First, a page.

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Ginni Thomas laid the groundwork for a nonprofit two months before the 2010 Citizens United ruling, Politico reported.The nonprofit was started with the help of Leonard Leo and funding from Harlan Crow.The nonprofit became the start of a “billion-dollar” network that moved money to conservative legal causes.
Leonard Leo, a conservative activist, and Ginni Thomas, the wife of Supreme Court Justice Clarence Thomas, banded together to create a nonprofit organization that would take advantage of the new rules on political spending put forth by the Citizens United ruling.
A lawyer for Thomas filed paperwork to begin the process of establishing the nonprofit two months before the 2010 ruling that allowed corporations to funnel money into nonprofits as long as they were independent of political candidates, Politico reported.
Thomas eventually founded the organization, which they called Liberty Central, with a $500,000 donation from Harlan Crow, a close friend of the Thomases whose lavish gifts for them have come under scrutiny. Leo, a bulwark for rightwing causes whose sprawling network has boosted conservative legal causes for over a decade and who is currently under federal investigation, was listed as a director of the organization.
“Ginni really wanted to build an organization and be a movement leader,” an unnamed person familiar with the two told Politico. “Leonard [Leo] was going to be the conduit of that.”
The organization was described as the beginning of a “billion-dollar force that has helped remake the judiciary and overturn longstanding legal precedents on abortion, affirmative action, and many other issues,” Politico reported.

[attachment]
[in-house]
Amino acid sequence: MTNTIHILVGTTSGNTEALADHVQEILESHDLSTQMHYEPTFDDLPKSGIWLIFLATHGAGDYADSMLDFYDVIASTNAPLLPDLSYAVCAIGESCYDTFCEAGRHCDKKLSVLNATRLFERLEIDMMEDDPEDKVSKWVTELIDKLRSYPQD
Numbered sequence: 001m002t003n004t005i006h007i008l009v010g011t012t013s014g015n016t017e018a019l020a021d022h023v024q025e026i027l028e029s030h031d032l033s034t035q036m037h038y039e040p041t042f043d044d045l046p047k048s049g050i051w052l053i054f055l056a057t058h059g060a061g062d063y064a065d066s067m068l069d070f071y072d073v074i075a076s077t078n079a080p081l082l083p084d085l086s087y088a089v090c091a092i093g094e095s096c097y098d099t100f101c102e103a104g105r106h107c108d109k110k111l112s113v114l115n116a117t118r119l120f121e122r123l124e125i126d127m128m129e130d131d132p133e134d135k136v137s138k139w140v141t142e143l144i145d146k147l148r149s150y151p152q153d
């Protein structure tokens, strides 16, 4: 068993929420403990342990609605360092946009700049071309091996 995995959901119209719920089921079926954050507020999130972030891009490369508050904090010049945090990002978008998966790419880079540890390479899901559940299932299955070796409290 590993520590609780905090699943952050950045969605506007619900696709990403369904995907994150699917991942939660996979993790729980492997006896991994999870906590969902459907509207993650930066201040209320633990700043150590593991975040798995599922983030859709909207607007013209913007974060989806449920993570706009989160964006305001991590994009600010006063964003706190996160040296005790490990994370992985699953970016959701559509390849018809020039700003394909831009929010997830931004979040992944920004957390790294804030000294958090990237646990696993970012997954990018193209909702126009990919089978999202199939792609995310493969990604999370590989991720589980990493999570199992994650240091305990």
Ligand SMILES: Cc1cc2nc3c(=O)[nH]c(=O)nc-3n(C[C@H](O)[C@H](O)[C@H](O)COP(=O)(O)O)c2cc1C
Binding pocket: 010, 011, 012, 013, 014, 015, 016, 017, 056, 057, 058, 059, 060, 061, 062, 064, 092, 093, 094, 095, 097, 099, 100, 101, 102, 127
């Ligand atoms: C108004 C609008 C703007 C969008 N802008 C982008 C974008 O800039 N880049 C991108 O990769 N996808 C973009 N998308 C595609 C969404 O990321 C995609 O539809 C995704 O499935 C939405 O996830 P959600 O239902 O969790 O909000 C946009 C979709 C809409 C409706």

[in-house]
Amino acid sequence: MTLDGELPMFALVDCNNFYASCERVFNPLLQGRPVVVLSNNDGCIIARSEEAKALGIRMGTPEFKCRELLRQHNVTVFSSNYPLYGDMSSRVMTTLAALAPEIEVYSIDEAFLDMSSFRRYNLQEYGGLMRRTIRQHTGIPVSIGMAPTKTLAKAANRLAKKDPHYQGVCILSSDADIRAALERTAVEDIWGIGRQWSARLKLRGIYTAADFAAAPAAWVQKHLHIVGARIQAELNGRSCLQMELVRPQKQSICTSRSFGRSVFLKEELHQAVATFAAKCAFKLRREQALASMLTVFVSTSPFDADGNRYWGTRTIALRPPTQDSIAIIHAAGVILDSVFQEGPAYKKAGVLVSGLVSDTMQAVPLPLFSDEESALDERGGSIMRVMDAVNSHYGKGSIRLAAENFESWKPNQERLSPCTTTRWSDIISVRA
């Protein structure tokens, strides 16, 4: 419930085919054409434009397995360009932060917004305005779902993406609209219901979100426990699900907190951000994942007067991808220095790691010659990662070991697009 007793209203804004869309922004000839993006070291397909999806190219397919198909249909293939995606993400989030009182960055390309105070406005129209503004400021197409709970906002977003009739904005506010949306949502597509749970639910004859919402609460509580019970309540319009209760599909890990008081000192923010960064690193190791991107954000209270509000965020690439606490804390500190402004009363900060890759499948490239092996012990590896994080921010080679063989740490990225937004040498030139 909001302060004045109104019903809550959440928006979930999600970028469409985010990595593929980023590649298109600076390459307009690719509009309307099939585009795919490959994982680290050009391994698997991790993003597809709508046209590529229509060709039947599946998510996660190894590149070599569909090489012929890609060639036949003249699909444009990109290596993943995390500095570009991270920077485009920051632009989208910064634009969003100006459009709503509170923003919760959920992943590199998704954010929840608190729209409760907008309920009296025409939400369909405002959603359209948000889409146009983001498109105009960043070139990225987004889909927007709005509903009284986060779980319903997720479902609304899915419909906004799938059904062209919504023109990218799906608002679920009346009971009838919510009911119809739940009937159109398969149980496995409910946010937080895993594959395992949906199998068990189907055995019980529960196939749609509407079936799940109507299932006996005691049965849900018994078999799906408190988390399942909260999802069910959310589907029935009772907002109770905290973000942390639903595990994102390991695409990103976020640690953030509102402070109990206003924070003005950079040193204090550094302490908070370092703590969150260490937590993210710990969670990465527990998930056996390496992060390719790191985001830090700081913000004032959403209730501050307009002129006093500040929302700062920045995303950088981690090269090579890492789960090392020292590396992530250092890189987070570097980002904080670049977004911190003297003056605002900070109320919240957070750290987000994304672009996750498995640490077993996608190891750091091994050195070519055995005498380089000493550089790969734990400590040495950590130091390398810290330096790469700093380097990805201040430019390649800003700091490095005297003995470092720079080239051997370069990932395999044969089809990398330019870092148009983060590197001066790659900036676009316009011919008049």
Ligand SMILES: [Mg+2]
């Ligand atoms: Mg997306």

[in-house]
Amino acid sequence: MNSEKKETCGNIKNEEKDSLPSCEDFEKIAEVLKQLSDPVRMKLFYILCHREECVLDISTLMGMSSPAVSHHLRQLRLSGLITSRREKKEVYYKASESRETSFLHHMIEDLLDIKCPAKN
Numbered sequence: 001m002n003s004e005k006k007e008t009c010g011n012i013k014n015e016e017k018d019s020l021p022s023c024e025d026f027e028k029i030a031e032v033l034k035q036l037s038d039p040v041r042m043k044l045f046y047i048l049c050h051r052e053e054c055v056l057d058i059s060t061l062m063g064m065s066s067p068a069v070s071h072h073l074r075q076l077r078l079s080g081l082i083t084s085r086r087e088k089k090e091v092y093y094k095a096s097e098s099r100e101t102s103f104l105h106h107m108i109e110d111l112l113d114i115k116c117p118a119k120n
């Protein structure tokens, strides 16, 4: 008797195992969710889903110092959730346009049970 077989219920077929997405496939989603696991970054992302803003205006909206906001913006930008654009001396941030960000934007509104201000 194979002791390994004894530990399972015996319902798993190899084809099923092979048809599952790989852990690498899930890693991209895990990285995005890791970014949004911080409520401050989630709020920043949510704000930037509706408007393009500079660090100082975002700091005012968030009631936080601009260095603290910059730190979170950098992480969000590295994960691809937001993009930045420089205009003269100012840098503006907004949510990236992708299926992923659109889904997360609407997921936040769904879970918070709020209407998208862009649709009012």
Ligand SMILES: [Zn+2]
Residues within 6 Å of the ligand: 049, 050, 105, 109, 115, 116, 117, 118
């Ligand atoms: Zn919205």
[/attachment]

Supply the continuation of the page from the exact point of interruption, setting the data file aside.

After Thomas’ role with Liberty Central became public, it sparked outrage because of her husband’s seat on the Supreme Court, Politico reported. Thomas eventually started a for-profit consulting business, Liberty Consulting, to offer consulting services for conservative activist groups. Meanwhile, Leo revived a tax-exempt charitable group, which supplied some funds to Thomas. The group, the Judicial Education Project, became a frequent supplier of amicus briefs to the Supreme Court.
Among the other details Politico uncovered, which included discrepancies in IRS filings from Judicial Education Project, Laura Soloman, a Pennsylvania tax attorney, told Politico that it is unclear if Thomas was executing tasks to justify the payments from the charitable organization.
“The real question then is, ‘What is Ginni Thomas qualified to do, what did they pay her to do, and was it fair market value?'” Soloman told Politico.
Representatives for Thomas and Leo did not immediately respond to Insider’s request for comment.